December 14, 2017 -- 3D printing multicolor models of organs, vessels, and bones can be much more affordable than it has been with traditional methods by using a new technique presented at the recent RSNA 2017 meeting in Chicago.
Using a relatively inexpensive desktop stereolithography (STL) printer and paint, researchers from the University of Pittsburgh and Yale New Haven Hospital created a multicolor 3D-printed kidney at roughly 1% of the cost of conventional approaches. They subsequently produced a diverse collection of models with this technique to help physicians prepare for various surgical procedures.
"At such a low cost, there's no reason not to use this [technique] for every similar case," Dr. Anish Ghodadra told attendees. "The take-home message here is that you can mimic the extensive capabilities of expensive PolyJet printers for a fraction of the cost."
Cutting printing costs
3D printing is rising in popularity for use in planning procedures and improving surgical precision. Creating customized, multicolor models is especially valuable because it allows physicians to visualize internal structures relative to overall anatomy. However, the high cost of more sophisticated 3D printers and lack of reimbursement continues to be a major barrier hindering their use in clinical settings.
Printing multicolor models with clear components traditionally requires the use of a PolyJet 3D printer that tends to exceed $150,000 in price, as well as the use of raw materials that can soak up hundreds to thousands of dollars in charges per model, according to Ghodadra. One alternative to a PolyJet 3D printer is a low-cost ($3,500) STL printer, but such a machine can only print one color and use a single material at a time.
Seeking to boost the viability of 3D printing for preoperative planning, Ghodadra and colleagues identified a simple method they call "print and fill" to reduce the cost of creating multicolor 3D-printed models.
"The basic idea is that prior to this, if you wanted to create a model that had clear and colored components, e.g., a model of the kidney containing a tumor, you had to use expensive PolyJet 3D printers," Ghodadra told AuntMinnie.com. "With our print-and-fill technique, we model the components we want in color as hollow cavities and then create them with low-cost stereolithography printers."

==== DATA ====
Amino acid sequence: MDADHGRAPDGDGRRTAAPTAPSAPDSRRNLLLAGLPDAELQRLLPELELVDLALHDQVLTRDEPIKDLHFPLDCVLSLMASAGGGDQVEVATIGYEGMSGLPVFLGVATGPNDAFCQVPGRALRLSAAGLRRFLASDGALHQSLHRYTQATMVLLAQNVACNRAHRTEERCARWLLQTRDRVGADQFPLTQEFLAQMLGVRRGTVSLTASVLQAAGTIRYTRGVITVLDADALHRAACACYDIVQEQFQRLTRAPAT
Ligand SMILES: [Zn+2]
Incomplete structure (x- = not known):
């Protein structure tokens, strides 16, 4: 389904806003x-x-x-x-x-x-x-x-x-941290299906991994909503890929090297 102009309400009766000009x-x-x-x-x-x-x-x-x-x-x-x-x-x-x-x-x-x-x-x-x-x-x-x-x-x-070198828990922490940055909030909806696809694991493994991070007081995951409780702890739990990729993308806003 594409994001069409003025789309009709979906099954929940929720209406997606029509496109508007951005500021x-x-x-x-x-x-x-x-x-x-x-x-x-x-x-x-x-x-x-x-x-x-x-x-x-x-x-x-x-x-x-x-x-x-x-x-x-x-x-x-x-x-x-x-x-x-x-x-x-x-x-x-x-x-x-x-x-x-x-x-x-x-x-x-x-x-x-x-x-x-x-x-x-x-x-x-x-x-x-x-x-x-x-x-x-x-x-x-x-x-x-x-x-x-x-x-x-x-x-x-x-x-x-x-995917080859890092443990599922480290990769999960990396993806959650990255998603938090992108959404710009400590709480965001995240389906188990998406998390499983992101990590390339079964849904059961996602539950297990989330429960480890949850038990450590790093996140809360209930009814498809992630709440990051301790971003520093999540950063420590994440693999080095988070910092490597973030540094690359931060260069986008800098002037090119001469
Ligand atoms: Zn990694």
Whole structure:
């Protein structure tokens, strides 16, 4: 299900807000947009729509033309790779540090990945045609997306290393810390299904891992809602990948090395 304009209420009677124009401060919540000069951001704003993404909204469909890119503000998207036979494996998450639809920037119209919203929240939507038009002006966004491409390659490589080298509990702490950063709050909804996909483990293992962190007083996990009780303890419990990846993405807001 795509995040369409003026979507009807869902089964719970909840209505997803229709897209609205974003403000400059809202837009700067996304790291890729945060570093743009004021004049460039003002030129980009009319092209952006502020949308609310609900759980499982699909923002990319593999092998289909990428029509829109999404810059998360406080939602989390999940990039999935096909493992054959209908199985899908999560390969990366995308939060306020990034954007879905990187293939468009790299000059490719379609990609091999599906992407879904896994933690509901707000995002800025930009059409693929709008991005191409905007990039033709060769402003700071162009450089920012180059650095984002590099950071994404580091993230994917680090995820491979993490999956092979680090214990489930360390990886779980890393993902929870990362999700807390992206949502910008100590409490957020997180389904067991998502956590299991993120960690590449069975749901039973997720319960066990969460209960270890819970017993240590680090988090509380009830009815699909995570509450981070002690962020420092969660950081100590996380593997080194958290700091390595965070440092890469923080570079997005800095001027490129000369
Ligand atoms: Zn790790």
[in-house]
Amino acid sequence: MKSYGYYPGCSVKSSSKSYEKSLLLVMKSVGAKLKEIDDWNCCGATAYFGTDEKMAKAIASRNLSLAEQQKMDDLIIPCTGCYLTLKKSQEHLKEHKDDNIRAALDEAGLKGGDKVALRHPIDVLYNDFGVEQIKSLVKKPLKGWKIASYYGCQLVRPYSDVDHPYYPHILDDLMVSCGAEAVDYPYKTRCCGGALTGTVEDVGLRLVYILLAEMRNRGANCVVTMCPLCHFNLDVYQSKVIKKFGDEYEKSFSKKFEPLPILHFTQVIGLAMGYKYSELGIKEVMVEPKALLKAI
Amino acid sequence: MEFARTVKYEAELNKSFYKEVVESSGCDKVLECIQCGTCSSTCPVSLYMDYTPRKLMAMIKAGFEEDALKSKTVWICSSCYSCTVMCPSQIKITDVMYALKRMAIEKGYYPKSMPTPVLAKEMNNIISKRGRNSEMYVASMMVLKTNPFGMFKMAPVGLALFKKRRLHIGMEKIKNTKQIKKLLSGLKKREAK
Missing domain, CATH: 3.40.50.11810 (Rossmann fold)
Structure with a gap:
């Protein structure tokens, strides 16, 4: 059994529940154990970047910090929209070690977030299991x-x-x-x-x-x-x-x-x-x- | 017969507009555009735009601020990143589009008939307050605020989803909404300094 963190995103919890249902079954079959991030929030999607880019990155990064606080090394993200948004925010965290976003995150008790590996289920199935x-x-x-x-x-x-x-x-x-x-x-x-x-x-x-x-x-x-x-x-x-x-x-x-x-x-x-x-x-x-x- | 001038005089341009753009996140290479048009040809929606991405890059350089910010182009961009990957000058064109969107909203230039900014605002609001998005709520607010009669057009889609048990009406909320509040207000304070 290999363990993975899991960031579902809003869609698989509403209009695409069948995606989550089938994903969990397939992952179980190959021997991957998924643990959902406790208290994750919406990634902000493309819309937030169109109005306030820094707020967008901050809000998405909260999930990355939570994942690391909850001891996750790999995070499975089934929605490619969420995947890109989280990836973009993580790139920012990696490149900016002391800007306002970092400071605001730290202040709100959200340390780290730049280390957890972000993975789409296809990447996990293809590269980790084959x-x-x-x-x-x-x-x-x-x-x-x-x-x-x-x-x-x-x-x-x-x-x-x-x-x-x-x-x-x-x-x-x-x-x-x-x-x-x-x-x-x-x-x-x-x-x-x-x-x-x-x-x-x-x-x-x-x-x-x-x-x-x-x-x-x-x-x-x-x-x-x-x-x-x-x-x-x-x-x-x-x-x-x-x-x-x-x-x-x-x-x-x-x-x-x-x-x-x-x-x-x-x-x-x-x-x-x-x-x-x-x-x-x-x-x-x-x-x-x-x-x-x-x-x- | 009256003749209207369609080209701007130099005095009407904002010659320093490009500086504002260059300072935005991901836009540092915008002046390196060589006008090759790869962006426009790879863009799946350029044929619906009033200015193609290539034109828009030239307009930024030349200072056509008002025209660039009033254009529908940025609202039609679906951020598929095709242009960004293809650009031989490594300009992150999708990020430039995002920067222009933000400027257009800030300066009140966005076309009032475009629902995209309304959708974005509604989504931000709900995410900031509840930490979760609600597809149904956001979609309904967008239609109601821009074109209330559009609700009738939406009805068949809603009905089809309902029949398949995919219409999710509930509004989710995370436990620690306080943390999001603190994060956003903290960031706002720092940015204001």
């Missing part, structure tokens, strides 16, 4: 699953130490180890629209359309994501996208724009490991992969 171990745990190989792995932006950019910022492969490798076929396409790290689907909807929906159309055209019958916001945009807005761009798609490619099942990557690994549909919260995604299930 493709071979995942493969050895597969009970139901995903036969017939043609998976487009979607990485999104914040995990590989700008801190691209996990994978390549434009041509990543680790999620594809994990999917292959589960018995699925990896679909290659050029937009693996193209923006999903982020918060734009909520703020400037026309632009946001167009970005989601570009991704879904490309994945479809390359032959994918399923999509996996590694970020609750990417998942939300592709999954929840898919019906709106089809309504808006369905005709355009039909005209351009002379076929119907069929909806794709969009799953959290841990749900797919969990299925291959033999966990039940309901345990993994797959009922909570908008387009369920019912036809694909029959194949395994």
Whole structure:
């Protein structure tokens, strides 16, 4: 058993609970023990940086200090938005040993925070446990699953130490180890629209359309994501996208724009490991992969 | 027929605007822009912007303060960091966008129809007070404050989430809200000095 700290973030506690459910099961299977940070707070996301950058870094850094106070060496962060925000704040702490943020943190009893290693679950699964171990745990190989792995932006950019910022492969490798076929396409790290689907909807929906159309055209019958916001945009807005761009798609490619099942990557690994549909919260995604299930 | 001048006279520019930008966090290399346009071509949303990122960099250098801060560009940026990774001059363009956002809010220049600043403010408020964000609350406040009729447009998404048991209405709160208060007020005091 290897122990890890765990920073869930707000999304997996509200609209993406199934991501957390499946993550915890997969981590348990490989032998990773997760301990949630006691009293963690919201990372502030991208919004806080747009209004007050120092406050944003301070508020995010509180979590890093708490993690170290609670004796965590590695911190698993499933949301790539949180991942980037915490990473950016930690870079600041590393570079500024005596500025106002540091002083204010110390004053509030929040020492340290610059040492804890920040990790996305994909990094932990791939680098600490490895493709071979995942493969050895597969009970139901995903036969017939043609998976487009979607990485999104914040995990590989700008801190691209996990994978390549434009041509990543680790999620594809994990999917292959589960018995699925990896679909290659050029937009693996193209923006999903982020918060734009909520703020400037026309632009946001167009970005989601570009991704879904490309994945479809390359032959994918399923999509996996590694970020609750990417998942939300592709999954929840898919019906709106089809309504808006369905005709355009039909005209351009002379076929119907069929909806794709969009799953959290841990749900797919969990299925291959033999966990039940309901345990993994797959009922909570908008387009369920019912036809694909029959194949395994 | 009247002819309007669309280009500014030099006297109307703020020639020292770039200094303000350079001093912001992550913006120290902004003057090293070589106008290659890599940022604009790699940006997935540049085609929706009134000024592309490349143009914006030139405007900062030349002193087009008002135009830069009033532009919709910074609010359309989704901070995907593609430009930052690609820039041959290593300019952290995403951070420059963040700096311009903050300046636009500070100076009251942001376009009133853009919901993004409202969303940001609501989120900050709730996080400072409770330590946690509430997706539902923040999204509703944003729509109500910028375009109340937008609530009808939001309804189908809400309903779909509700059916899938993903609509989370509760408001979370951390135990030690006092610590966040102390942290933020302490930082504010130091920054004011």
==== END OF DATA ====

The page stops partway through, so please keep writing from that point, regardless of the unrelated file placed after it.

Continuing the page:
As a test, the researchers produced 3D-printed models of kidneys from six different patients with renal cell carcinoma. First, they performed CT urography to obtain images of the kidneys. Next, they used open-source 3D modeling software for 3D slicing and segmentation; they left the kidney itself solid, while they digitally designed the other components -- including the collecting duct system of the kidney and the renal tumor -- to be hollow, with a small hole for access to the cavity.
After adjusting the scans, the group merged them together, sent the unified scan to a desktop STL printer, and 3D printed the kidney models. Finally, they used a syringe to fill the hollow areas with an acrylic water-based paint to give each part a distinct color, added a dollop of resin near the opening, and cured the additional resin with a handheld UV laser.
Reaching more patients
"Using this technique, you can create very nice kidney models that show the collecting system and the tumor for a much lower overall cost," Ghodadra said.
On average, generating the 3D-printed kidneys cost the team around $25 -- a hefty drop from the approximately $600 needed to make a similar model with a PolyJet 3D printer. The technique also took much less time, at a mean of 1.6 hours; processing with a PolyJet printer would have taken an estimated 10 to 20 hours.
"We're not limited to simple models like this, where we have one block with one color and another with a separate color -- relatively simple anatomy," he said. "You can actually create multicolor models that have very complex anatomy."
The researchers have already printed patient-specific 3D models of the ulnar nerve in baseball pitchers, as well as models of the liver for diverse procedures such as transjugular intrahepatic portosystemic shunt (TIPS) insertion and liver transplantation. They have received a growing number of requests from various departments in the hospital for models.
"We now use this technique to create low-cost models for many different specialties including interventional radiology, otorhinolaryngology, orthopedics, transplant surgery, and urology," Ghodadra said. "Because we can use this technique to create these complex models at 1% of the cost of traditional methods, we can reach many more patients."